Often, all people in the West know of Myanmar is one woman: the impeccably turned-out, Oxford-educated, Nobel Peace Prize-winning, democratic leader Aung San Suu Kyi.
On November 8, 2015, Suu Kyi’s once outlawed political party, the National League for Democracy (NLD), won an absolute majority in Myanmar’s most free and fair general election to date —further elevating her profile.
Suu Kyi’s story was compelling, even before the NLD’s incredible victory catapulted her to (tentative) power. The daughter of an assassinated independence hero, Suu Kyi spent almost 15 years between 1989 and 2010 confined to house arrest. While she was detained, her British husband, Michael Aris, died without the opportunity to say goodbye, and she drifted away from her two teenage sons. She sustained herself through playing piano under a leaky roof, as her house and life fell into disrepair around her.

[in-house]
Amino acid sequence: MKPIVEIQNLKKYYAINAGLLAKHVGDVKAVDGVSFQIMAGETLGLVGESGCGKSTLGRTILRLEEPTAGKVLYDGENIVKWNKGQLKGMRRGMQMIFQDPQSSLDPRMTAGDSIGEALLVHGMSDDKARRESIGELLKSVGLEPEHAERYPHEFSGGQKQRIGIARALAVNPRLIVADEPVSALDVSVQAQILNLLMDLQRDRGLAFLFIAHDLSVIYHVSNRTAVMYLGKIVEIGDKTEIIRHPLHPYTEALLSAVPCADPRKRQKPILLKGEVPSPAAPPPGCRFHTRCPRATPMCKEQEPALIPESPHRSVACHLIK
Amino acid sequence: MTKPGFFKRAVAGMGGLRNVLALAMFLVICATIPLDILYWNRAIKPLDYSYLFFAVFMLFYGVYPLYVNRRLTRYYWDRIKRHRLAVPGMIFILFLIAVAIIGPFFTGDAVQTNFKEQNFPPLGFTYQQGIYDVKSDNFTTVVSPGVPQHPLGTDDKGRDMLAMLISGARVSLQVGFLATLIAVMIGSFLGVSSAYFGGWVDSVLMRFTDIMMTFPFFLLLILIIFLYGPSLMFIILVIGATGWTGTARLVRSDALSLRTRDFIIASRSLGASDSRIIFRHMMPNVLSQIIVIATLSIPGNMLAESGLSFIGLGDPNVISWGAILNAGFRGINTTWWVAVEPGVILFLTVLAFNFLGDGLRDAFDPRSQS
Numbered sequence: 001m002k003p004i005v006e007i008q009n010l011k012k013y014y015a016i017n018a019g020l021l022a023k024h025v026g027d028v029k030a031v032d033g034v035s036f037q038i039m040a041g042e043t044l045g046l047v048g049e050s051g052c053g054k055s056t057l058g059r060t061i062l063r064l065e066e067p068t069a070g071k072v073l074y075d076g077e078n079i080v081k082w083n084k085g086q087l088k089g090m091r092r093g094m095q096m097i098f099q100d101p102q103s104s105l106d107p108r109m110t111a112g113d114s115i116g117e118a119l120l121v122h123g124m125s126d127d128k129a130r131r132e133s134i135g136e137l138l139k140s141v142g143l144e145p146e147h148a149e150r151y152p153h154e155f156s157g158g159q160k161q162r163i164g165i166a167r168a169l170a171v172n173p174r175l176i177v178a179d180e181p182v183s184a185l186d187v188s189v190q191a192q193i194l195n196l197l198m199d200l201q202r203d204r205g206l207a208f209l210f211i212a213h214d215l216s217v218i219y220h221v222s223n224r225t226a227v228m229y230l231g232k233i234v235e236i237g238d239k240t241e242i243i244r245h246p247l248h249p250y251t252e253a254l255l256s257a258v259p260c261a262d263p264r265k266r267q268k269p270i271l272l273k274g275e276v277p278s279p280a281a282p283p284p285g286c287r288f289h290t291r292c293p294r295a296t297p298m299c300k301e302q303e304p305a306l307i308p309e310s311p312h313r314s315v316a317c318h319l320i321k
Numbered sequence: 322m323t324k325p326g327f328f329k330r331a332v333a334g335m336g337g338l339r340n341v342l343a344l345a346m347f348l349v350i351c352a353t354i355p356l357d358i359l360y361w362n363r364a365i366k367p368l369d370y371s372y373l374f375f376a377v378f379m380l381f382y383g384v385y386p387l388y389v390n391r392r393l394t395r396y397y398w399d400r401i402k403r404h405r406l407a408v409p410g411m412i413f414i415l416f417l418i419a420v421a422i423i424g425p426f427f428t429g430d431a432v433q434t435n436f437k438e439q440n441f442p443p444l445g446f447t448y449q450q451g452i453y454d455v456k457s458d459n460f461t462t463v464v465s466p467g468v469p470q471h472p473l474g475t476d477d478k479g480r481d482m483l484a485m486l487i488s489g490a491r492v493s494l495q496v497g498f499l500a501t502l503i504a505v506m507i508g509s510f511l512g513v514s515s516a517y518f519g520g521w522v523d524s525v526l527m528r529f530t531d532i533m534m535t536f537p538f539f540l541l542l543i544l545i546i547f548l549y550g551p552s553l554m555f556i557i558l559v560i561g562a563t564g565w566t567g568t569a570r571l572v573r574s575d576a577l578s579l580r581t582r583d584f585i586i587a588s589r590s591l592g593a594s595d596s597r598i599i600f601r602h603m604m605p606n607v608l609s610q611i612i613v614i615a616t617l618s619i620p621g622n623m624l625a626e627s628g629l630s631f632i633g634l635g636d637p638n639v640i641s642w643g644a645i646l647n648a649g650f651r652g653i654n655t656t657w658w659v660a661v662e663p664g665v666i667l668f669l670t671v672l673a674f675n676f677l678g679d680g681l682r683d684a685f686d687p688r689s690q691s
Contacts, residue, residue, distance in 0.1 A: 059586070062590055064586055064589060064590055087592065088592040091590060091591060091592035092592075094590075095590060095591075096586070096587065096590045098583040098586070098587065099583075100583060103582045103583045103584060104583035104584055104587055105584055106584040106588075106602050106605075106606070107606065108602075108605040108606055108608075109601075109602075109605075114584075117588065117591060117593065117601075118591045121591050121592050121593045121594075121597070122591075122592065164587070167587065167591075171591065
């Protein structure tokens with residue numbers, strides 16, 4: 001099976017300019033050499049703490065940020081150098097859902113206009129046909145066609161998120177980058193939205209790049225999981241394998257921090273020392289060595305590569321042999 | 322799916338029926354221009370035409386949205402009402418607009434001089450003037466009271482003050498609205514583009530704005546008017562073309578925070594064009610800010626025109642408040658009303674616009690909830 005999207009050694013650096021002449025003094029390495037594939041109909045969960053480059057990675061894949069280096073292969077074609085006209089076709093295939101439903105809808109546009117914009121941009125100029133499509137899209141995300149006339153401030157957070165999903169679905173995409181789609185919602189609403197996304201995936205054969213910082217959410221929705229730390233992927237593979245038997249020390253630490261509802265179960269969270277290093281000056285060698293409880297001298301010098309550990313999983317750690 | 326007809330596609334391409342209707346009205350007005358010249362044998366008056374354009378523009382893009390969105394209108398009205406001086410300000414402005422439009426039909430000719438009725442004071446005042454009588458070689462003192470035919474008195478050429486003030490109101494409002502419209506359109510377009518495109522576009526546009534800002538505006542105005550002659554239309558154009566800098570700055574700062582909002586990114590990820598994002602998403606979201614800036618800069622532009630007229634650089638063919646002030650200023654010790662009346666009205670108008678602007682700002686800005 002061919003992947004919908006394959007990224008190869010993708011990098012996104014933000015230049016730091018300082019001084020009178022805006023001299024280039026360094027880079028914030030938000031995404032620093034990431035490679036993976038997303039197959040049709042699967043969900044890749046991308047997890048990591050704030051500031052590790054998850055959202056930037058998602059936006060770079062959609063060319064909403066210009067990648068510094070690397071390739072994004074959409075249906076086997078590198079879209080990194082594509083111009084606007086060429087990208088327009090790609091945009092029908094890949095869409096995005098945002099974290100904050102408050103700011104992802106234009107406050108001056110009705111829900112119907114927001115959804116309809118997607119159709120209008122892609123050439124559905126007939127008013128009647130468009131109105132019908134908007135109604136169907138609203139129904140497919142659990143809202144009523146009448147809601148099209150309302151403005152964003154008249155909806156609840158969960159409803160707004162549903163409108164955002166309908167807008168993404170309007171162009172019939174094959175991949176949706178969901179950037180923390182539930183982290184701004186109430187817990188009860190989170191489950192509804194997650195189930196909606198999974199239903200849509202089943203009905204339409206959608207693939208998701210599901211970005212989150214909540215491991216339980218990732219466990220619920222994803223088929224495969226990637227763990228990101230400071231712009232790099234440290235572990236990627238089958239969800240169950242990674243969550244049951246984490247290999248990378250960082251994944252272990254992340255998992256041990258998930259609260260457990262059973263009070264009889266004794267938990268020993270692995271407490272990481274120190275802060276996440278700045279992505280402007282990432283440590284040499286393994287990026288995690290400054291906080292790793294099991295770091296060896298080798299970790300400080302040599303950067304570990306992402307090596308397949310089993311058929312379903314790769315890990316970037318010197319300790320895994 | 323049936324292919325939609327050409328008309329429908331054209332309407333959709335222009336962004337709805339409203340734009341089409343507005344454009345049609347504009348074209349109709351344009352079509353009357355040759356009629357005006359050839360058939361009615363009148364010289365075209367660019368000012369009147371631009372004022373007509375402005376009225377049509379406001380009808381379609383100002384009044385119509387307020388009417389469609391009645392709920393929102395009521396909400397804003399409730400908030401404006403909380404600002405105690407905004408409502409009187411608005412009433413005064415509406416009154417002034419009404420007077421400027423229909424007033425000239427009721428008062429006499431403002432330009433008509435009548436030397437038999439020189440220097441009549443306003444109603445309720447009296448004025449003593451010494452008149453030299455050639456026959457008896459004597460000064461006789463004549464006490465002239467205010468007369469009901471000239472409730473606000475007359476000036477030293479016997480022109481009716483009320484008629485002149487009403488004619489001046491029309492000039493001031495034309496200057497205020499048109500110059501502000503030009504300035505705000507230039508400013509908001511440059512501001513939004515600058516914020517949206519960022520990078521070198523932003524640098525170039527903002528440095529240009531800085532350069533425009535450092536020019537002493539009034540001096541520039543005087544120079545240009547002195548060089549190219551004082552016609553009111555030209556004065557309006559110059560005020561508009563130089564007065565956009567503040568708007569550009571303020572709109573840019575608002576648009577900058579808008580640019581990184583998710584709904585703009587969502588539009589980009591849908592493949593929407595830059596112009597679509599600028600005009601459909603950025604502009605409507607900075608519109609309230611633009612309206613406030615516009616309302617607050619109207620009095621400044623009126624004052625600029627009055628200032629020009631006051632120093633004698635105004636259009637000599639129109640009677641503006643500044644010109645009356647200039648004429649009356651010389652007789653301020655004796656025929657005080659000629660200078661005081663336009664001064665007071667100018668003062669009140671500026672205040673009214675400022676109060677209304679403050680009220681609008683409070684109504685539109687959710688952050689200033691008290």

But despite her impressive credentials, as one (exceptionally privileged) person Suu Kyi is far from representative of a large and diverse country. And while she is an inspiration to many Burmese women, she is also difficult for most to relate to. Unlike Suu Kyi, the average Burmese woman is still limited by restrictive gender norms. In terms of challenging Burmese patriarchy, Suu Kyi is far from the be-all and end-all — in fact, she rarely speaks about women’s issues. As Suu Kyi’s embraces party politics many people believe her commitment to human rights is being compromised too, leaving other women to take up the fight on the ground.
I spoke to ten Burmese women who you probably haven’t heard of, who are all defying convention to also lead change in Myanmar, often in radical, alternative and creative ways.